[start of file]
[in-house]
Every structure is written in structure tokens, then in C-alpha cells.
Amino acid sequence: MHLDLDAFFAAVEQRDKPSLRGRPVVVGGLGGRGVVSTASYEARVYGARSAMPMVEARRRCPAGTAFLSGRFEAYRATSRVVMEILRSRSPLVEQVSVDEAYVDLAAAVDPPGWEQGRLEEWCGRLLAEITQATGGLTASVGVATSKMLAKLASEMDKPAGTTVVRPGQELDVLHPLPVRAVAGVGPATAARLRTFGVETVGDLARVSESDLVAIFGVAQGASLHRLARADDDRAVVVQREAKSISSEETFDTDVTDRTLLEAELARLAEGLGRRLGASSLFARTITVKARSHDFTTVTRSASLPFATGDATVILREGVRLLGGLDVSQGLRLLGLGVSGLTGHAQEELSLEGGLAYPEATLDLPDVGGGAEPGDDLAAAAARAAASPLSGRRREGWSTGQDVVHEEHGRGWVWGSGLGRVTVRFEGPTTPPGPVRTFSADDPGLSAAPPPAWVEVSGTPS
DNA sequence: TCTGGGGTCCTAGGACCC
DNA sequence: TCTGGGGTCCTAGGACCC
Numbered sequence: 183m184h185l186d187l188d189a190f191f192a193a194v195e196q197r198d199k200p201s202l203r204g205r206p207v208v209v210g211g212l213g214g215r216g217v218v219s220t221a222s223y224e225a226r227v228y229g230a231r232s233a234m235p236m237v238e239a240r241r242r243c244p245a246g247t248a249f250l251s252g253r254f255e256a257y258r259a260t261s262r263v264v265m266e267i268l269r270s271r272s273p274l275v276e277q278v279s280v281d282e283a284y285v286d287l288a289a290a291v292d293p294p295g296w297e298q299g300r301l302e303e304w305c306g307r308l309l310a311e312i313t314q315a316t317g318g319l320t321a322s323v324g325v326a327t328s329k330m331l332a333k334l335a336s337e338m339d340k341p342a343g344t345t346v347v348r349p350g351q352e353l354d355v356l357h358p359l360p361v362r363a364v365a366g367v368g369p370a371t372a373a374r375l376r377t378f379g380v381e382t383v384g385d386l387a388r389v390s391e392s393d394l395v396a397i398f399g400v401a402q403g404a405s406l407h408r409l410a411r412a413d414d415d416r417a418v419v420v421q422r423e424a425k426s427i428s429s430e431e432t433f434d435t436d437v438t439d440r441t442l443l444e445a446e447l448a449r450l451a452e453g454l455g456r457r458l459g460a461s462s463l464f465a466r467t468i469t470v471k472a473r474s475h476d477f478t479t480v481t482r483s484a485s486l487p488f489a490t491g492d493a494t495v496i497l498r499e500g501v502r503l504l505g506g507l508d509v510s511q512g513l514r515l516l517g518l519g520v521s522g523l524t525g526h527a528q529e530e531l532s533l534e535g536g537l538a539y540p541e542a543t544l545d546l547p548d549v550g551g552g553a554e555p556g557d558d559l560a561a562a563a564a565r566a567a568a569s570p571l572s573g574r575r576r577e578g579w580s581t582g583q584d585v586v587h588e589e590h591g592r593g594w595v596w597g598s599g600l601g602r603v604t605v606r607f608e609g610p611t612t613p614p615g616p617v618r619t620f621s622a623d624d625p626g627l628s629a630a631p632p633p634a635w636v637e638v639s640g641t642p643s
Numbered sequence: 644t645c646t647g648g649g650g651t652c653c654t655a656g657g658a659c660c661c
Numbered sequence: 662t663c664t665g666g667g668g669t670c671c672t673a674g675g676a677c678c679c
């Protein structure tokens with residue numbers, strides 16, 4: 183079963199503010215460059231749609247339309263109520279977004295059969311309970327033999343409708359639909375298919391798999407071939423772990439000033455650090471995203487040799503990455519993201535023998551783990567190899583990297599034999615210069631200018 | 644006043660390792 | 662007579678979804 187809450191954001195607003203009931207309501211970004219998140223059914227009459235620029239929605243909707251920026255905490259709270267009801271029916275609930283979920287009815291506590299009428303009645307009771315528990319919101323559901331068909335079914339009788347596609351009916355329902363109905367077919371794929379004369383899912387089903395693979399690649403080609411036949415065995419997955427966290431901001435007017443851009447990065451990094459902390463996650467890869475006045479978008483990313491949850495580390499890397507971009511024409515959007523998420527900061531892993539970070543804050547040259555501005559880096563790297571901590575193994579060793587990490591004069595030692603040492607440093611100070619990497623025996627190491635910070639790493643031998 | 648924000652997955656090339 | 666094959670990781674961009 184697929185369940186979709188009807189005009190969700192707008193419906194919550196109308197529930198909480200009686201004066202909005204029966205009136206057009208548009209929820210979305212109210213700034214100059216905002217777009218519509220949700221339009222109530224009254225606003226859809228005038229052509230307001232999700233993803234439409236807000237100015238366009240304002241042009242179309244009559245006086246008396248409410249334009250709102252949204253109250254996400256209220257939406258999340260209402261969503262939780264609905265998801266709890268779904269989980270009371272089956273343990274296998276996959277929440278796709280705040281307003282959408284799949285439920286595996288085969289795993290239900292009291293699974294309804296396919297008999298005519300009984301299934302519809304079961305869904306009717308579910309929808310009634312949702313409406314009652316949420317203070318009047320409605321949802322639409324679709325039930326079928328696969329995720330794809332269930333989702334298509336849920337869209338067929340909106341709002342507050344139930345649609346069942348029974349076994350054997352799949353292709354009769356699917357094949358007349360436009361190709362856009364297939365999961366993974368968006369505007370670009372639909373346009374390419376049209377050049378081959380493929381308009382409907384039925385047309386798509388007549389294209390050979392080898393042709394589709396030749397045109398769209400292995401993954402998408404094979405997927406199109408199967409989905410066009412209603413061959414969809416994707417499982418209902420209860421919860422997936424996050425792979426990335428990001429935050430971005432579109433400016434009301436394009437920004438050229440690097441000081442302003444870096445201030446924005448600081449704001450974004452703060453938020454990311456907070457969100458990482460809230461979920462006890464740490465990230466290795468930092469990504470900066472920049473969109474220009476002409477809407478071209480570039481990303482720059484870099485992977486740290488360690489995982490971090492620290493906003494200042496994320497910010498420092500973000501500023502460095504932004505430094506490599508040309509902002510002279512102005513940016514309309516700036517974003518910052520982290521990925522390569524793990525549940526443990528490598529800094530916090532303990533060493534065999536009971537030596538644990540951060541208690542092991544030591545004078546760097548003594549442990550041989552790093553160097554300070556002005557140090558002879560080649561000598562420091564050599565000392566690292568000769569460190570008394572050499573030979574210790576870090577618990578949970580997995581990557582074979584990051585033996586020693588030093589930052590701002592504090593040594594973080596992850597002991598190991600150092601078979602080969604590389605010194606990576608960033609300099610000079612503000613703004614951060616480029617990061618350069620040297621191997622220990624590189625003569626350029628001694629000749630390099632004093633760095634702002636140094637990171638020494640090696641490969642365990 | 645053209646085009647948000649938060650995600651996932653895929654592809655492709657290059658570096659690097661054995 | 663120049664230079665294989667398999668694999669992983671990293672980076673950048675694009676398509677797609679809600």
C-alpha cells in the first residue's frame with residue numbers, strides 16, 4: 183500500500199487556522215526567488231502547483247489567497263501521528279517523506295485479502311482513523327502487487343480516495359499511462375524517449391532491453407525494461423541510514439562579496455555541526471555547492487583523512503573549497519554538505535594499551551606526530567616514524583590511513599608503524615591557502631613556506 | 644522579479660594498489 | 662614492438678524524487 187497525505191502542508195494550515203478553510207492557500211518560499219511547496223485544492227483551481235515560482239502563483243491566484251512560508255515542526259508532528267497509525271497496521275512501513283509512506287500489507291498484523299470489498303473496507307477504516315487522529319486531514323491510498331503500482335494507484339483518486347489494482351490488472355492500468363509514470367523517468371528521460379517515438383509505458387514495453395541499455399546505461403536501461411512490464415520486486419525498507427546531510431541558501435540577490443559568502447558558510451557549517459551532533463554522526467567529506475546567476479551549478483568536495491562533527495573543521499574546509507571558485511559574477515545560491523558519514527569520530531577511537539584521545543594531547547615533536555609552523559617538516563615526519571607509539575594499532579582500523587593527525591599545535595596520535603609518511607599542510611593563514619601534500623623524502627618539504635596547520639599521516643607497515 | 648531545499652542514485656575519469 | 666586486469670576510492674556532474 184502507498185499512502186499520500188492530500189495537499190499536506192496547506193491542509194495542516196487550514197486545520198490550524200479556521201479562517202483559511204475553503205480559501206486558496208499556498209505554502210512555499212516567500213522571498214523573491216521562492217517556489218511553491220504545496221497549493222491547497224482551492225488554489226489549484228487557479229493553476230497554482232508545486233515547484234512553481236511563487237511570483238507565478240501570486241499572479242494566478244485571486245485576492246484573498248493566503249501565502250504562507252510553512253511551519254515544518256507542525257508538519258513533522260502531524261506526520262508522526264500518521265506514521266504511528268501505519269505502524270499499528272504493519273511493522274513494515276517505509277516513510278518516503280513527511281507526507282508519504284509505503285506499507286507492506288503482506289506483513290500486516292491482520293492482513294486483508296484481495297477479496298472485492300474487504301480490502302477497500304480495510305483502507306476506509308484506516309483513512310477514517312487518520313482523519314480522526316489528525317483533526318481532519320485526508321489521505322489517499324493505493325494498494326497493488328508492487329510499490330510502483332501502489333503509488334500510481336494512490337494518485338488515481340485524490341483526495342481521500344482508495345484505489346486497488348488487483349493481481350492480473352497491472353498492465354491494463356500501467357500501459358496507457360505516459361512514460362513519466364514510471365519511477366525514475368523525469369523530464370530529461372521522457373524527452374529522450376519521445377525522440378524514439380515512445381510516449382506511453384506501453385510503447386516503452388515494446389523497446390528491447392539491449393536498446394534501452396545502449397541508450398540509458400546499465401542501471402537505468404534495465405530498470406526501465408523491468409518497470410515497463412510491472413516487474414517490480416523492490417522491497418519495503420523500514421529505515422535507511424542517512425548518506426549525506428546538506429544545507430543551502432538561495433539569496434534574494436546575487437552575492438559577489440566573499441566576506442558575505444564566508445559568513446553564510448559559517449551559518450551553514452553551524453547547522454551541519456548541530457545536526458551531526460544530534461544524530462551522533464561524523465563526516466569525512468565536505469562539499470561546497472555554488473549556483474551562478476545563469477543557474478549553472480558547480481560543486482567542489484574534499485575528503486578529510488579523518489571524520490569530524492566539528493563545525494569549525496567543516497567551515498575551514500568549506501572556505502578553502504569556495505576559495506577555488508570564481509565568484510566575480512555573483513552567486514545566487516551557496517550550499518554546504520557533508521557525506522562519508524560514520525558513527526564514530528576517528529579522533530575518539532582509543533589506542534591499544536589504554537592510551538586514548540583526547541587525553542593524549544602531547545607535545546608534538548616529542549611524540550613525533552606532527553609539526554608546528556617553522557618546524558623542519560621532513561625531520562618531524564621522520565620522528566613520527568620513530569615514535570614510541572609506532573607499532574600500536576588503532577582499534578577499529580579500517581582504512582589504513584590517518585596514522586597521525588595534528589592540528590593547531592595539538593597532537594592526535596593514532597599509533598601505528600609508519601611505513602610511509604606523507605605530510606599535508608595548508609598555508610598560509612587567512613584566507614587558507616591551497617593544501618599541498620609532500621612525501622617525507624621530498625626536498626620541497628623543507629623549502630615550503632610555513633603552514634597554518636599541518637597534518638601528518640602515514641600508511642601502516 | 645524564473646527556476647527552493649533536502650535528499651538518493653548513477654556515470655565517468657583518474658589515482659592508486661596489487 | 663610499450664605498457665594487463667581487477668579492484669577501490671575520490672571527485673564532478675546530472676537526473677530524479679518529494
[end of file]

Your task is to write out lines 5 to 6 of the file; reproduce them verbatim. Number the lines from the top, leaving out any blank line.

DNA sequence: TCTGGGGTCCTAGGACCC
Numbered sequence: 183m184h185l186d187l188d189a190f191f192a193a194v195e196q197r198d199k200p201s202l203r204g205r206p207v208v209v210g211g212l213g214g215r216g217v218v219s220t221a222s223y224e225a226r227v228y229g230a231r232s233a234m235p236m237v238e239a240r241r242r243c244p245a246g247t248a249f250l251s252g253r254f255e256a257y258r259a260t261s262r263v264v265m266e267i268l269r270s271r272s273p274l275v276e277q278v279s280v281d282e283a284y285v286d287l288a289a290a291v292d293p294p295g296w297e298q299g300r301l302e303e304w305c306g307r308l309l310a311e312i313t314q315a316t317g318g319l320t321a322s323v324g325v326a327t328s329k330m331l332a333k334l335a336s337e338m339d340k341p342a343g344t345t346v347v348r349p350g351q352e353l354d355v356l357h358p359l360p361v362r363a364v365a366g367v368g369p370a371t372a373a374r375l376r377t378f379g380v381e382t383v384g385d386l387a388r389v390s391e392s393d394l395v396a397i398f399g400v401a402q403g404a405s406l407h408r409l410a411r412a413d414d415d416r417a418v419v420v421q422r423e424a425k426s427i428s429s430e431e432t433f434d435t436d437v438t439d440r441t442l443l444e445a446e447l448a449r450l451a452e453g454l455g456r457r458l459g460a461s462s463l464f465a466r467t468i469t470v471k472a473r474s475h476d477f478t479t480v481t482r483s484a485s486l487p488f489a490t491g492d493a494t495v496i497l498r499e500g501v502r503l504l505g506g507l508d509v510s511q512g513l514r515l516l517g518l519g520v521s522g523l524t525g526h527a528q529e530e531l532s533l534e535g536g537l538a539y540p541e542a543t544l545d546l547p548d549v550g551g552g553a554e555p556g557d558d559l560a561a562a563a564a565r566a567a568a569s570p571l572s573g574r575r576r577e578g579w580s581t582g583q584d585v586v587h588e589e590h591g592r593g594w595v596w597g598s599g600l601g602r603v604t605v606r607f608e609g610p611t612t613p614p615g616p617v618r619t620f621s622a623d624d625p626g627l628s629a630a631p632p633p634a635w636v637e638v639s640g641t642p643s